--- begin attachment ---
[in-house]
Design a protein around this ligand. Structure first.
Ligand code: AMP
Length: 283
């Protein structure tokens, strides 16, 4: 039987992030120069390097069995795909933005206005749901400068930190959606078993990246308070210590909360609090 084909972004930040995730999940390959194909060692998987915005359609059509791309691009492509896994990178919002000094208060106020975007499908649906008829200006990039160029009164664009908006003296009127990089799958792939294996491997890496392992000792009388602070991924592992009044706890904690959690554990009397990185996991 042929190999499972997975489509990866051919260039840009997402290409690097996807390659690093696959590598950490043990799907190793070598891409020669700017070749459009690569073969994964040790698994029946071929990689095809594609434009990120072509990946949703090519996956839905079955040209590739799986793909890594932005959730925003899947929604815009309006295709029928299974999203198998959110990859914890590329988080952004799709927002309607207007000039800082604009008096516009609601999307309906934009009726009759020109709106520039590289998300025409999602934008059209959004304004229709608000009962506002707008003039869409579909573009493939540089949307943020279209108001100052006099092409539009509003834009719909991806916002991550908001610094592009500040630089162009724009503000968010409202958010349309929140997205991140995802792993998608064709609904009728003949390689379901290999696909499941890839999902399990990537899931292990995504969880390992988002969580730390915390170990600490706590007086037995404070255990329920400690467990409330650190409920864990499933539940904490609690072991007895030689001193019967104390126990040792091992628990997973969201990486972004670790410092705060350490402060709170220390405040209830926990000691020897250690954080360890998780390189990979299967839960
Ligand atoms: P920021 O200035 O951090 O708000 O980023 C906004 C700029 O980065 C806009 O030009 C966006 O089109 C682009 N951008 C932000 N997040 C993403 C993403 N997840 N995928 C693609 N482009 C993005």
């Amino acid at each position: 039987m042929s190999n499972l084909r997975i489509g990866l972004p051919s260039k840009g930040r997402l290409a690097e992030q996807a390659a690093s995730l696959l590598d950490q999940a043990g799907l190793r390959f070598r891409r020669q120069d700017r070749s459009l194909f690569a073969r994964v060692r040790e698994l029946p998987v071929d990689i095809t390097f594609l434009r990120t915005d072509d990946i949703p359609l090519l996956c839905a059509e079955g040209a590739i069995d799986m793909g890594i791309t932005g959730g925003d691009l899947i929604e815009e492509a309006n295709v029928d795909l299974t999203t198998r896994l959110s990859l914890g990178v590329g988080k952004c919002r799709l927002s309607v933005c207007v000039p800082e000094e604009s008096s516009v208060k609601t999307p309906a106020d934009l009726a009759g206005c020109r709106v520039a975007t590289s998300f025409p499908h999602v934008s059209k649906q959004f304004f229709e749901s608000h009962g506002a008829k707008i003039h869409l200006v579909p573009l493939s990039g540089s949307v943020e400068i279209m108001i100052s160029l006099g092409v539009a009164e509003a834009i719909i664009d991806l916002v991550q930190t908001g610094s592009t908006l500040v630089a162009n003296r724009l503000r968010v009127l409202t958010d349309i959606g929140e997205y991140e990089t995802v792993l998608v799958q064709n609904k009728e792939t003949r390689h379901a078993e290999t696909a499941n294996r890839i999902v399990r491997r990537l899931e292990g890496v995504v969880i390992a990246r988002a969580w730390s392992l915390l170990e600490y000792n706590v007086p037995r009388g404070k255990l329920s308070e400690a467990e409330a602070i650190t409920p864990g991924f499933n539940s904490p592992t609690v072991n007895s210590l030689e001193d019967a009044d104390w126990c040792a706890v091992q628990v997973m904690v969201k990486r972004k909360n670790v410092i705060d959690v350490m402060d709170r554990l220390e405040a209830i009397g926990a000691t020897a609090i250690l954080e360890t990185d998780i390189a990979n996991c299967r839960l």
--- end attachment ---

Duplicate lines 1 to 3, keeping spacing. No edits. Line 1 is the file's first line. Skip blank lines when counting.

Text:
[in-house]
Design a protein around this ligand. Structure first.
Ligand code: AMP